The first CPAM classification into three types was established by Stocker in 1977, based upon the size of cysts [7], which was further improved into five subtypes, with additional 0 and IV subtypes, in 2002. While this classification is quite useful for prognosis, it is not at all practical prenatally, owing to histologic analysis being required. The Adzick’s classification, established in 1985 [8], proposed, thus, two categories based on both gross anatomy and ultrasound findings. Macrocystic tumours contain single or multiple cysts of at least 5 mm in diameter, while microcystic tumours are likely more solid containing cysts less than 5 mm in diameter. This classification is, thus, easier to apply for in utero CPAM classification.

As our current comprehension of the pathogenesis of these malformations has evolved, revised nomenclature and classifications were developed to try to clarify the origin of these lesions and guide clinical management [9]. The Langston’s classification, established in 2003 [10], is based on pathologic features. A malformation sequence based on airway obstruction during development is proposed to unify the pathogenic mechanism of these overlapping lesions. We know that the CPAM occurs in early stage of the lung development, during the pseudoglandular or the early canalicular stage as we can already detect it on the second trimester ultrasound [11].

There are mainly two suppositions regarding the common origin of these lesions. The first one concerns a focal stop of normal lung development during the branching morphogenesis, affecting epithelial differentiation and/or crosstalk between the mesenchyme and epithelium. A molecular insult on factors regulating the airway formation could initiate this malformative process [11]. The other proposal concerns a bronchial stenosis [4,12]. This obstruction could be organic (with material) or functional (due to molecular insult on factors involved in the bronchial motricity) [11].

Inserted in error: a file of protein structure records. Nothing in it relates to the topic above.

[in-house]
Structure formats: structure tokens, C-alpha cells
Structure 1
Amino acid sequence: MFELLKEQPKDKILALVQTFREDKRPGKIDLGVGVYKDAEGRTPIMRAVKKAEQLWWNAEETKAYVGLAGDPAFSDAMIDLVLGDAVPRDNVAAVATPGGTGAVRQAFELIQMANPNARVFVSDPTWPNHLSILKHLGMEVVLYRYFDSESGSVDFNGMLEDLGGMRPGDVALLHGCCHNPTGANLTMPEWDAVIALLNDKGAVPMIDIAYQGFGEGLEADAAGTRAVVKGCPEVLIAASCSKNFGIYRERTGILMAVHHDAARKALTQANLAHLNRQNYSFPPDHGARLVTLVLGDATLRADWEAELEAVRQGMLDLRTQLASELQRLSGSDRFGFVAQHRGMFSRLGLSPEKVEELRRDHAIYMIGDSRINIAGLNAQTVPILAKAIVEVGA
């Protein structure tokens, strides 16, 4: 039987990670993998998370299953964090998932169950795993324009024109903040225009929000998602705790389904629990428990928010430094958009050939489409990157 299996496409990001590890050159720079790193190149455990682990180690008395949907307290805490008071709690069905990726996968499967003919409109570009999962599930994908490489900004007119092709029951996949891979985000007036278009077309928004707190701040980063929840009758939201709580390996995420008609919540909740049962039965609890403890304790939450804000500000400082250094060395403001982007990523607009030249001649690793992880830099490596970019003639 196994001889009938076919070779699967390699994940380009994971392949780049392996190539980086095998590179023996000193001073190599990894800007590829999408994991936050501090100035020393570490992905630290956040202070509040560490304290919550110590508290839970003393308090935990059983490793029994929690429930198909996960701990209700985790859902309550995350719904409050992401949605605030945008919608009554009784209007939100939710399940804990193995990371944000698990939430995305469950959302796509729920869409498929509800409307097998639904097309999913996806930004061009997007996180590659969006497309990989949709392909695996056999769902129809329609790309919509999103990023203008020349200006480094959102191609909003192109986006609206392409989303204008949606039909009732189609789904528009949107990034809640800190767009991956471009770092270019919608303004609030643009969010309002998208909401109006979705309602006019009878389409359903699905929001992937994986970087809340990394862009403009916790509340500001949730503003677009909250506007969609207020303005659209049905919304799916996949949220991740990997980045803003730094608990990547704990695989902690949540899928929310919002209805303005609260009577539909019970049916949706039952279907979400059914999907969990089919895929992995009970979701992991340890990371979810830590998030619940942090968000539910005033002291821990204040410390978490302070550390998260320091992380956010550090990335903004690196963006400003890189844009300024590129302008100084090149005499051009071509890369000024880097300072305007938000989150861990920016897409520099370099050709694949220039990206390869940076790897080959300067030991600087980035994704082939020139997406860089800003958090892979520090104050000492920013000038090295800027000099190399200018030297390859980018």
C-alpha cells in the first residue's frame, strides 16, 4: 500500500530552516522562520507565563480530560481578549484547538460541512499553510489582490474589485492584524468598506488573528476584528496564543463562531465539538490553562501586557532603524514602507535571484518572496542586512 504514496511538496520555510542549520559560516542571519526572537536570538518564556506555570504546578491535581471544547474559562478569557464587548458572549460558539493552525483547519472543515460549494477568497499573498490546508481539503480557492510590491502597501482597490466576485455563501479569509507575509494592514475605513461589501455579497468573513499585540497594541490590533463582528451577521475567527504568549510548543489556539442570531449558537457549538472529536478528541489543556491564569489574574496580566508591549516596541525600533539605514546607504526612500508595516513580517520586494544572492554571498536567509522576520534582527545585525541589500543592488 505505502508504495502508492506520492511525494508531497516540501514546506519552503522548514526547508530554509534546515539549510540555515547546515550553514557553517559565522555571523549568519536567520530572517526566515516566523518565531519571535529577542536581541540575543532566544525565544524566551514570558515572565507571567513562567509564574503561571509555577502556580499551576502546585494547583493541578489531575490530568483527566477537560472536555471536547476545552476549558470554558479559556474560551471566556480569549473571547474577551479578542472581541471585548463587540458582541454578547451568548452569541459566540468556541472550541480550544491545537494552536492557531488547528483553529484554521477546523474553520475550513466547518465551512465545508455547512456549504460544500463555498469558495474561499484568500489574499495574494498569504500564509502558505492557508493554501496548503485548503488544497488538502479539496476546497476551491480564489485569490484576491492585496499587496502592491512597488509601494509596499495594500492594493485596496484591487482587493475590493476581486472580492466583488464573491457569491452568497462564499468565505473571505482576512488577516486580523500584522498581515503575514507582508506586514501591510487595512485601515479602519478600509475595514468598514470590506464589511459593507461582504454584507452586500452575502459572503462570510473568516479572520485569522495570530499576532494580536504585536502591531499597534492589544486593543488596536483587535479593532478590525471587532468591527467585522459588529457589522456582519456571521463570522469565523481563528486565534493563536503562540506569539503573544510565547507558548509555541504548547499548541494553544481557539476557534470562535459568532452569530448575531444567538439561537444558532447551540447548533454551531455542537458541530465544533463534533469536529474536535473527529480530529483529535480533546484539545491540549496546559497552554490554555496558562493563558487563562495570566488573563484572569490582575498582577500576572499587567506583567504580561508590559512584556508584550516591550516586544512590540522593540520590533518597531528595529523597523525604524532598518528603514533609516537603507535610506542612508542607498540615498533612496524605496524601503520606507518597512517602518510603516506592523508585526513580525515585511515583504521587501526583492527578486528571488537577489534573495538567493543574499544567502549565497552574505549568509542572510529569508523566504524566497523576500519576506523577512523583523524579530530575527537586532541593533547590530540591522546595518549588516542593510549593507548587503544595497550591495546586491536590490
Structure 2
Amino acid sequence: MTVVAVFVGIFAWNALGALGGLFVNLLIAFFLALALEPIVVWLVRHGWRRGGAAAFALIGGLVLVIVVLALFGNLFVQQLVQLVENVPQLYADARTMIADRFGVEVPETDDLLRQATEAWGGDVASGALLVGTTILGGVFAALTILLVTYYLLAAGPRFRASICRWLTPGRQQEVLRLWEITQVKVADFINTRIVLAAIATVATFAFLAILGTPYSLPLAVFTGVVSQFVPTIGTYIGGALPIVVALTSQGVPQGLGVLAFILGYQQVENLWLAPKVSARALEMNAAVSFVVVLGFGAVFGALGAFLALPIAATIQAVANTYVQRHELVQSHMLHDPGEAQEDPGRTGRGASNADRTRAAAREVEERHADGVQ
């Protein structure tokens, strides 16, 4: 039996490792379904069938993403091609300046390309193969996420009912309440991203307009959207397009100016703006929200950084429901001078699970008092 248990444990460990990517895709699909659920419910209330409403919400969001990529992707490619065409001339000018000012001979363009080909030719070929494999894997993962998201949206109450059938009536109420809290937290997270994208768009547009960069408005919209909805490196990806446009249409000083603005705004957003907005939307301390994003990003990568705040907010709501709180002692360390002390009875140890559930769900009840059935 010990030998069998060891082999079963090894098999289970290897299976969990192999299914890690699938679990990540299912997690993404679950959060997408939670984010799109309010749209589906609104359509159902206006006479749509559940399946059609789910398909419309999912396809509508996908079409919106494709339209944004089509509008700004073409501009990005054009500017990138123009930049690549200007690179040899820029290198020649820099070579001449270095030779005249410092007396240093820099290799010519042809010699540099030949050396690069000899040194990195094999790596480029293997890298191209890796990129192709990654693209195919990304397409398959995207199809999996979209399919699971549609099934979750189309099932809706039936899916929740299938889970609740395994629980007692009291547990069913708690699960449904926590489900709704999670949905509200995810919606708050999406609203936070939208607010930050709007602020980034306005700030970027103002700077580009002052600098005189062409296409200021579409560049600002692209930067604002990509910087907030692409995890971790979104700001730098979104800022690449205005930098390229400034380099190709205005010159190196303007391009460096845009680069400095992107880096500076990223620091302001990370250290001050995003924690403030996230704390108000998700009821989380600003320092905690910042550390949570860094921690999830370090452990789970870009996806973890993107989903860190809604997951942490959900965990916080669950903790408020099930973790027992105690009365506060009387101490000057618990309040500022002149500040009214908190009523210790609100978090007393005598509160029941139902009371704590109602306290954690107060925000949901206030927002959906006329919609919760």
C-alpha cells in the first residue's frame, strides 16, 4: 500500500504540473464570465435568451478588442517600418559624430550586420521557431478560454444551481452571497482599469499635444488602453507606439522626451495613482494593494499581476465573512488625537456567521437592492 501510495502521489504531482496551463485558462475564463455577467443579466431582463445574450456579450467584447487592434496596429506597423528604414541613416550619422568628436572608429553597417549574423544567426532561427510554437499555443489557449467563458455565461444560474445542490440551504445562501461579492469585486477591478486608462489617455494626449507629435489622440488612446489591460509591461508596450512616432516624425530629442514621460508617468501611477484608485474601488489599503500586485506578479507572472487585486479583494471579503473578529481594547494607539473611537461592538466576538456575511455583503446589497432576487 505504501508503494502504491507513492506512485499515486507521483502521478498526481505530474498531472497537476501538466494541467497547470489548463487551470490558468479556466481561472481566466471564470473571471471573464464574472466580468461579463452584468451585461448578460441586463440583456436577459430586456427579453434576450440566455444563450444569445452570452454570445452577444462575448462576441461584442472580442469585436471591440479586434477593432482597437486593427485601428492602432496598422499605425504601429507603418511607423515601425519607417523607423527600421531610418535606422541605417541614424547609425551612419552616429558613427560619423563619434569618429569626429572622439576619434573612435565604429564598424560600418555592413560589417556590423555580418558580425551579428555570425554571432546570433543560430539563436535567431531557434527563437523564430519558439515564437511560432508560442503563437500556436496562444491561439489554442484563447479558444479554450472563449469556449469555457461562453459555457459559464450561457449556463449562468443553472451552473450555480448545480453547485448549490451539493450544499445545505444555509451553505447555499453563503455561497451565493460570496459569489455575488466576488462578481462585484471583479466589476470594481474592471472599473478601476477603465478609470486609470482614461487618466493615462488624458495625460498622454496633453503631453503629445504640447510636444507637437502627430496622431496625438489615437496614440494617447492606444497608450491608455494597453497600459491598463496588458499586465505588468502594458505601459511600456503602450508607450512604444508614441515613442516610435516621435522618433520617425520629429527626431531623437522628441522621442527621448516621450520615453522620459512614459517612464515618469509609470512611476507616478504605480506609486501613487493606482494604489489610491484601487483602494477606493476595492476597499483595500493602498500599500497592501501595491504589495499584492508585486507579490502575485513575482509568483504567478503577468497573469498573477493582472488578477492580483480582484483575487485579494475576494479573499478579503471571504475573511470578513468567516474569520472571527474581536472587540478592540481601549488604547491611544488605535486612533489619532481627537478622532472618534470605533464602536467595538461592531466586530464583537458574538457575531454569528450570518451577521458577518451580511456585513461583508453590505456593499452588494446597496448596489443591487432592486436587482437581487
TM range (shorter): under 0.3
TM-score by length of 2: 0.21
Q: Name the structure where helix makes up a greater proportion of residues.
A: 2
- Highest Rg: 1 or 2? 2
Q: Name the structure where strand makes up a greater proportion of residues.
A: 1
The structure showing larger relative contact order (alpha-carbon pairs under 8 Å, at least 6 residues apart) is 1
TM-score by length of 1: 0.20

Functional obstruction could explain the discordances in the identification of anatomical obstacle in the study of Kreiger et al. [13]13 who didn’t find any pathologic features of bronchial atresia on their 23 cases of peri-partum fetal lung resections. The future histologic appearance of the distal lung will depend on the timing, level and degree of this events [9]. The etiology of congenital lung lesions could thus be a mixture of molecular abnormalities with obstructive incident [11]. Some factors implicated in this abnormal lung development have been reported such as overexpression of FGF-10 [14], or dysregulation of the Ras and PI3K-AKT-mTor signaling [15]. Further studies are still needed to identify the elements initiating the malformative process. Understanding which molecular factors initiate this improper development could give opportunities to explore pharmacologic solutions in severe cases [15]. Nevertheless, the prognosis is likely more dependent on the lesion size, including its consequences on adjacent structures, such as mediastinal shift, pulmonary hypoplasia, polyhydramnios, or cardiovascular compromise, in addition to development extent of the unaffected lung, and presence of other congenital abnormalities, than on the identification of the exact lesion type [16].